About Melange and More
by Mark Ruffin
If someone were to write a book about the evolution of the bass in contemporary jazz over the last quarter a century, there would have to be a chapter totally devoted to Chicago. A few pages would be devoted to Lonnie Plaxico who has a brand new album on Blue Note titled “Melange.”
Just listing the name of bassists from the Windy City who played with Miles Davis can take up some space- Felton Crews, Angus Thomas, Richard Patterson and Darryl Munch’ Jones, who went on to considerable stardom with Sting and presently the Rolling Stones. Others include Plaxico, Steve Rodby, Larry Kimpel, Kenny Davis, Chuck Webb and others. Because of the supportive nature of their chosen instruments, these names aren’t very well known. However, check the back of a good many contemporary jazz albums, and there they are.
Plaxico is best known for his work with two of the biggest names in jazz history, drummer Art Blakey and vocalist Cassandra Wilson. He made 12 albums with the former and the latter is one of his old friends, who he has seen first hand rise from a woman who “used to wait for me after sets to borrow money,” to one of the most important female vocalist ever to sing jazz.
At 41, the bassist doesn’t hide or deny that being music director for Wilson, one of the most commercially successful artists on Blue Note Records, helped him get a deal with the storied company.
“Without question, my association with Cassandra is the main reason I got a deal,” Plaxico admitted.
:”Most jazz record companies are looking to discover somebody,” Plaxico said, pointing out his age and that he has released five albums on a smaller jazz label. “I’ve been around a while and played with everybody.
“That can work against you sometimes,” he continued. “(Record companies) want younger musicians who are less exposed.”
Both Plaxico and Wilson rose to prominence in jazz through a group of New York based musicians who created a form of music in the mid-80’s called M-Base. The music was a hip-hop and rock influenced kind of avant-garde jazz. It was created out east, but many practitioners were actually from Chicago, including M-Base founder, Steve Coleman.
He first heard of Plaxico in the 70’s, back in Chicago. Then the bassist was one of two bass players from Fenger High School making lots of noise on the local scene, Richard Patterson was the other.
By his senior year, Plaxico had already been playing in jam sessions with the legendary Chicago sax man Von Freeman when Coleman, somewhat of a musical intellectual, gave the young musician a call.
“I was in my last year of high school and he was already in college, which back then seemed like a huge gap, ” Plaxico remembered, “and since a lot of black guys weren’t into Charlie Parker and stuff like that, he wanted to give me a test.”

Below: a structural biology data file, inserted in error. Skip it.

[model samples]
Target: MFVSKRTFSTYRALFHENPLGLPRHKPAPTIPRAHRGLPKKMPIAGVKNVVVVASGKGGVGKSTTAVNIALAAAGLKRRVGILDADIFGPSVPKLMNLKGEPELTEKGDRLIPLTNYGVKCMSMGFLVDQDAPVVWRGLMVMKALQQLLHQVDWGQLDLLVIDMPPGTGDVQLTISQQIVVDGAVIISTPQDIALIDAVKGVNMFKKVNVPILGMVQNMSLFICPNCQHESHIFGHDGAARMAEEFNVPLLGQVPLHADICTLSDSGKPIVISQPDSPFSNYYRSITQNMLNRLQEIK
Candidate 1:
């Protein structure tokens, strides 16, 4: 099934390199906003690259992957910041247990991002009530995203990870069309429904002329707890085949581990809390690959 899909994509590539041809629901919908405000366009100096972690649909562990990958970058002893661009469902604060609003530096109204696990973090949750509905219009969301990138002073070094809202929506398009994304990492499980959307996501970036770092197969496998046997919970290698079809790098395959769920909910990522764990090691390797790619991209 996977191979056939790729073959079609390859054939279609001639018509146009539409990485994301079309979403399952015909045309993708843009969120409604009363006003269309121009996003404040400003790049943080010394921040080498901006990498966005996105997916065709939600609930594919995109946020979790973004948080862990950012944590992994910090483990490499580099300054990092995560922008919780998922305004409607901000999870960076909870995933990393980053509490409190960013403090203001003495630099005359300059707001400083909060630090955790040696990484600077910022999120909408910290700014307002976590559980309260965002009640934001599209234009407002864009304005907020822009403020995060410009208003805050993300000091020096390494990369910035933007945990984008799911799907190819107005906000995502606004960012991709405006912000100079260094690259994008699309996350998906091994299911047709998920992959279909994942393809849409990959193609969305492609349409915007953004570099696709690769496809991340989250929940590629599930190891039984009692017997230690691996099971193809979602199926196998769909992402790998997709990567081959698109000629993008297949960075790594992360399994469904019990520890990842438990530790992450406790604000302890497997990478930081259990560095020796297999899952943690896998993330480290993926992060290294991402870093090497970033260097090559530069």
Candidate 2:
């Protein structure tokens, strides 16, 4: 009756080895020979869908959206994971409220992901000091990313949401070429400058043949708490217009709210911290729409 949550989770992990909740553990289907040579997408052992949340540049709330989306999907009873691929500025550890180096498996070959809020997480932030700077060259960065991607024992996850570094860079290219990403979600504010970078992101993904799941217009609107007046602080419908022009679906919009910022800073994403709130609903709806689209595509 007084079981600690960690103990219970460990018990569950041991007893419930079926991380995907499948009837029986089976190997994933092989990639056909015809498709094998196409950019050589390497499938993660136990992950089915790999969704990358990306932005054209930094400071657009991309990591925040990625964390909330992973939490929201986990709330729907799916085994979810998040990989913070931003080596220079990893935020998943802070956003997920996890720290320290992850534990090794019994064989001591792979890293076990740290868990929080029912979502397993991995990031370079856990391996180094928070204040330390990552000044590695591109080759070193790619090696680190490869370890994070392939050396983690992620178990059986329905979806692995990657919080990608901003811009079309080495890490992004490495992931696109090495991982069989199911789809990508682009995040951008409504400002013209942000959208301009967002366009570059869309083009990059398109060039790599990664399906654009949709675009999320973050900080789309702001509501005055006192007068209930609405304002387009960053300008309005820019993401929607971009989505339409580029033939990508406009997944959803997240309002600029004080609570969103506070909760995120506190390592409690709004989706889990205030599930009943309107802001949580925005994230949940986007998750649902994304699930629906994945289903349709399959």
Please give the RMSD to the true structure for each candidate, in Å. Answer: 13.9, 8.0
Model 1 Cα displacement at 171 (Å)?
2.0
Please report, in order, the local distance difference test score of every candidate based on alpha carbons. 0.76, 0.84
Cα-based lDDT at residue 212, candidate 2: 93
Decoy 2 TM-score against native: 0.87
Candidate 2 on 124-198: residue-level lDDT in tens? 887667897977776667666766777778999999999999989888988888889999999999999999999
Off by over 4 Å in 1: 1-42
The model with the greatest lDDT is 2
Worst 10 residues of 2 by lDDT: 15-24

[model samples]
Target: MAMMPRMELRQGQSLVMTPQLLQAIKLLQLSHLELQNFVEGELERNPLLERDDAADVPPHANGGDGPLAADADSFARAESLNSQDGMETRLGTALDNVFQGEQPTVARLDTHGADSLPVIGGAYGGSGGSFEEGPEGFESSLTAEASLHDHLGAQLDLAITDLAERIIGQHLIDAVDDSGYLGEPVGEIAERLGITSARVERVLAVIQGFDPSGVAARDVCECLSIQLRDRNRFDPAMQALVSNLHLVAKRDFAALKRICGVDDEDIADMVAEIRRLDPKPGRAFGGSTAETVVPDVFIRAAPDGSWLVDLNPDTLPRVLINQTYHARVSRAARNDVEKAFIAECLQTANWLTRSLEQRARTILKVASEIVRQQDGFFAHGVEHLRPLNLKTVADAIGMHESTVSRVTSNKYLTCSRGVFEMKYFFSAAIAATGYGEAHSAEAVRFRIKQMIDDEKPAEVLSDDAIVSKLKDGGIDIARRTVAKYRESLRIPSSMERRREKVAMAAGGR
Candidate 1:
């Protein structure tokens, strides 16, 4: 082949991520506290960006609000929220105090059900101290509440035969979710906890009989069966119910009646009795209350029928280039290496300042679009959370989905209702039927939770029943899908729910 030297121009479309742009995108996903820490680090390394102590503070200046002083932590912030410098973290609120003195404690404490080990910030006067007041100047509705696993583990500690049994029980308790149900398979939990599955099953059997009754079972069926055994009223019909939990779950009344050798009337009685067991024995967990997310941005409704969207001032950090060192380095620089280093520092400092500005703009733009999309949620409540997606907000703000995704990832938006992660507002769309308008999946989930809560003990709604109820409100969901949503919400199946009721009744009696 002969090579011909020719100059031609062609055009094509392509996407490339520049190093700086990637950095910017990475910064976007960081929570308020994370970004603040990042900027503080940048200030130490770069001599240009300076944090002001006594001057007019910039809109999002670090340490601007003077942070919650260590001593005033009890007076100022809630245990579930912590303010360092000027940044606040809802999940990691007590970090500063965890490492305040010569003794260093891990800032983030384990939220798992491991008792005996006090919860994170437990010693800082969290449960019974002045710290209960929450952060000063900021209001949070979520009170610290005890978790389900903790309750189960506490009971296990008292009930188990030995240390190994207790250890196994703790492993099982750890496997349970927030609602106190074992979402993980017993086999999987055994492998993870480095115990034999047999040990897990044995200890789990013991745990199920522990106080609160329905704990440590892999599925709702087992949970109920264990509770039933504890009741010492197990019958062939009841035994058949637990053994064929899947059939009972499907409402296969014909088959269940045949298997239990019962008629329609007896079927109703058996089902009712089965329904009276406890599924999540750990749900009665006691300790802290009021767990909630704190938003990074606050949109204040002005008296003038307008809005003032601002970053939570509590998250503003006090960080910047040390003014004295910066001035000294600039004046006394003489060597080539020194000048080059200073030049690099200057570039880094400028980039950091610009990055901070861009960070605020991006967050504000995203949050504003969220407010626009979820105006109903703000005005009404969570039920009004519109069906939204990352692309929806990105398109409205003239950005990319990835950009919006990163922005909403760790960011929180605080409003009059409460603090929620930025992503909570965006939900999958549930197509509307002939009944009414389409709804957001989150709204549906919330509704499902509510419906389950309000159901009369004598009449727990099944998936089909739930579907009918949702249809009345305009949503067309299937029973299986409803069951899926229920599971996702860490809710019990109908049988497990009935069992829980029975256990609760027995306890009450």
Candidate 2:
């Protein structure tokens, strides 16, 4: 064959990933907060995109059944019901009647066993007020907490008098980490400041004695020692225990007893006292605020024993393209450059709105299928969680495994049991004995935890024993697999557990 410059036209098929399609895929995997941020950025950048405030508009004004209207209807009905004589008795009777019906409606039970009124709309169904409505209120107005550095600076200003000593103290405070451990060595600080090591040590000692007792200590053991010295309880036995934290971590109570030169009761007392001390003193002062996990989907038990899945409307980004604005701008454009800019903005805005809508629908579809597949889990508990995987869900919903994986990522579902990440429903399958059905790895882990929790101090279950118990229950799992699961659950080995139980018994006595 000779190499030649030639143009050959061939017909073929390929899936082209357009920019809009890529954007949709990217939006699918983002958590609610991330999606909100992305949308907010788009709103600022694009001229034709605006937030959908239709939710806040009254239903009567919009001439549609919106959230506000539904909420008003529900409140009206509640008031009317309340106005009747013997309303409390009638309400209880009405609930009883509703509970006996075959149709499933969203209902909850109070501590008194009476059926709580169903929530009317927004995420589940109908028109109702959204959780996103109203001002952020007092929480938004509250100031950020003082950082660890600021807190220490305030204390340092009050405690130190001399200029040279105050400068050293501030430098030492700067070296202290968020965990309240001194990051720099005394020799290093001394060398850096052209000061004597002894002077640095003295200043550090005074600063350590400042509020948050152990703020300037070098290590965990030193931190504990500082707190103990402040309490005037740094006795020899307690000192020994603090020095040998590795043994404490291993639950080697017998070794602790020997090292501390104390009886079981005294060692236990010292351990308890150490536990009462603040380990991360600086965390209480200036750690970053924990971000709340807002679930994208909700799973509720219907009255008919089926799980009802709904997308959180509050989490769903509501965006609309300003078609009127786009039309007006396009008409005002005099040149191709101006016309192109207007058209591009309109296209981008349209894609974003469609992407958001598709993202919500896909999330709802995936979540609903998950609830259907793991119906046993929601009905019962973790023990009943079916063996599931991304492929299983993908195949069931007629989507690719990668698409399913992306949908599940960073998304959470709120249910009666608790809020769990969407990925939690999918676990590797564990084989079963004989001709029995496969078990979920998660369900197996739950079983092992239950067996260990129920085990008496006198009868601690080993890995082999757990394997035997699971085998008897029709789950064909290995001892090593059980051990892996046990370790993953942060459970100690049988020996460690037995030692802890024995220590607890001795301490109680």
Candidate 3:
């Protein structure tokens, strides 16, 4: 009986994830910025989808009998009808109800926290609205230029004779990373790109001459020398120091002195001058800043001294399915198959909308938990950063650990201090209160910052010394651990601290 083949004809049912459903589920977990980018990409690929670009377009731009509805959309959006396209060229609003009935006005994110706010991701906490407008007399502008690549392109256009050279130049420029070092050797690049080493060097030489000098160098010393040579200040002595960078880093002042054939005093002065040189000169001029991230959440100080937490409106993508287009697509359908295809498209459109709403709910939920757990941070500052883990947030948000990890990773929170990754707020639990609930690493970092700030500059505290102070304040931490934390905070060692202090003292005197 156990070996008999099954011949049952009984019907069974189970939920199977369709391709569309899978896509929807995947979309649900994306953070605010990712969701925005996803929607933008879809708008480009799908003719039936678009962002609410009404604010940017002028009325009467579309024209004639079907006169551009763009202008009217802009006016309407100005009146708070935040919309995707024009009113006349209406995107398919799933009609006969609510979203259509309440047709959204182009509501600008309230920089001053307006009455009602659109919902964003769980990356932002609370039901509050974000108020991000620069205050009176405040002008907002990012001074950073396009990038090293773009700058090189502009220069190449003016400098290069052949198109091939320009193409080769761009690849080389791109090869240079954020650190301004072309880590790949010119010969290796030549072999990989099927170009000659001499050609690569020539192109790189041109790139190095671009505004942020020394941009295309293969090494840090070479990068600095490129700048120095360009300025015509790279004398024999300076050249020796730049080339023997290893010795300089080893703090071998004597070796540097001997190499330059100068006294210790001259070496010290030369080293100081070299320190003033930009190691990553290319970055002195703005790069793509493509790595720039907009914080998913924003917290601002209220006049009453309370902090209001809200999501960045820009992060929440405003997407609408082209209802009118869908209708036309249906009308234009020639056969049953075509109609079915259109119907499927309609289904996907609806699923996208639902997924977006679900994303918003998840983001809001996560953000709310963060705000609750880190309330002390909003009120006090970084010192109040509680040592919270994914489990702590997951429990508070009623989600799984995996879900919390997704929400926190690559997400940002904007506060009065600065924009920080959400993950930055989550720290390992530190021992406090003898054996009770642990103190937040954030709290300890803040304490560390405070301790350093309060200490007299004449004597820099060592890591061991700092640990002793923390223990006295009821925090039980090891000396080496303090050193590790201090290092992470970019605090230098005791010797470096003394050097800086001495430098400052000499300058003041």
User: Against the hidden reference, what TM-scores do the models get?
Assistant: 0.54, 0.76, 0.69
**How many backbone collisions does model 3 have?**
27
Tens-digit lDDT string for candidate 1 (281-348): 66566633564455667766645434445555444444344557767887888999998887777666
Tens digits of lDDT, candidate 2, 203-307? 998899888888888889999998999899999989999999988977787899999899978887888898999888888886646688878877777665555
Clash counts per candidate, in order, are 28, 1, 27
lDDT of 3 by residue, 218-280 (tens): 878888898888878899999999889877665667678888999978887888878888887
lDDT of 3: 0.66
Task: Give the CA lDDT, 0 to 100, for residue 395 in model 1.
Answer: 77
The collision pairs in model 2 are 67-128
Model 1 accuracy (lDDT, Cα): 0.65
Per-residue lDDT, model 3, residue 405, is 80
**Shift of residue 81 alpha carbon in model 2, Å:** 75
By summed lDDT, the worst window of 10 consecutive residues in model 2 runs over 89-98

Coleman found in Plaxico a well-studied musician, who not only knew jazz and r&b history, but was also raised in the warmth of a family where music was learned by osmosis.
At 12, he was enlisted into the family band, the Bilalian Express, a pop/funk band, which gained a degree of popularity on Chicago’s south side three decades ago. In 1976, when he was 16, the group that included his brother Douglas, who played drum and sung and his vocalist sister Paula, released a single.
By then, Plaxico was already abandoning the r&b of B.T. Express and Kool & the Gang for the jazz-fusion of Return to Forever and Weather Report. After he saw RTF’s great bassist, Stanley Clarke, play an acoustic version of the instrument, he did an exhaustive trip backwards through the history of jazz.
College at Northeastern Illinois was a disappointment for Plaxico, despite the number of celebrated classmates, including the late saxophonist Art Porter, Chicago drummer Greg Rockingham, and bassist Kenny Davis, who would later join Plaxico into the New York M-Base group.
“For me that college was just an extension of my high school,” Plaxico explained why he left the school early. “I was already playing with Von Freeman, and he gave me more of the education I needed to know. I didn’t feel like I could learn anything there.”
It was Wynton Marsalis that first called Plaxico to New York to work in 1980. He joined the legendary saxophonist Dexter Gordon in ’82 and the historic Jazz Messengers the following year. All the while his roommate, Coleman, was developing the unique M-Base sound.
“M-Base hadn’t even started when I met Cassandra,” Plaxico said when asked how he met the diva. “It was at a jam session in New York, and I remember we were playing “A Foggy Day, and I became suspicious of this lady with this deep voice, because around that time there were some transvestites hanging in New York.”
With his suspicion alleviated, he developed a lasting friendship with the singer. When Coleman came home raving about a deep-throated singer he had heard, the bassist informed him that he knew all about her.
“It was Steve Coleman who heavily influenced all of us on being original, including Cassandra, and I’ve been so happy for her as she has become so big.”
However, Plaxico feels his seven-year tenure with Wilson will soon becoming to an end. It’s an ironic result of the release of “Melange.” “Once you start playing your own music, it’s pretty hard to go back to a supporting role,” Plaxico reasoned, “especially on the instrument that I play where I usually don’t even get a chance to show what I can do.”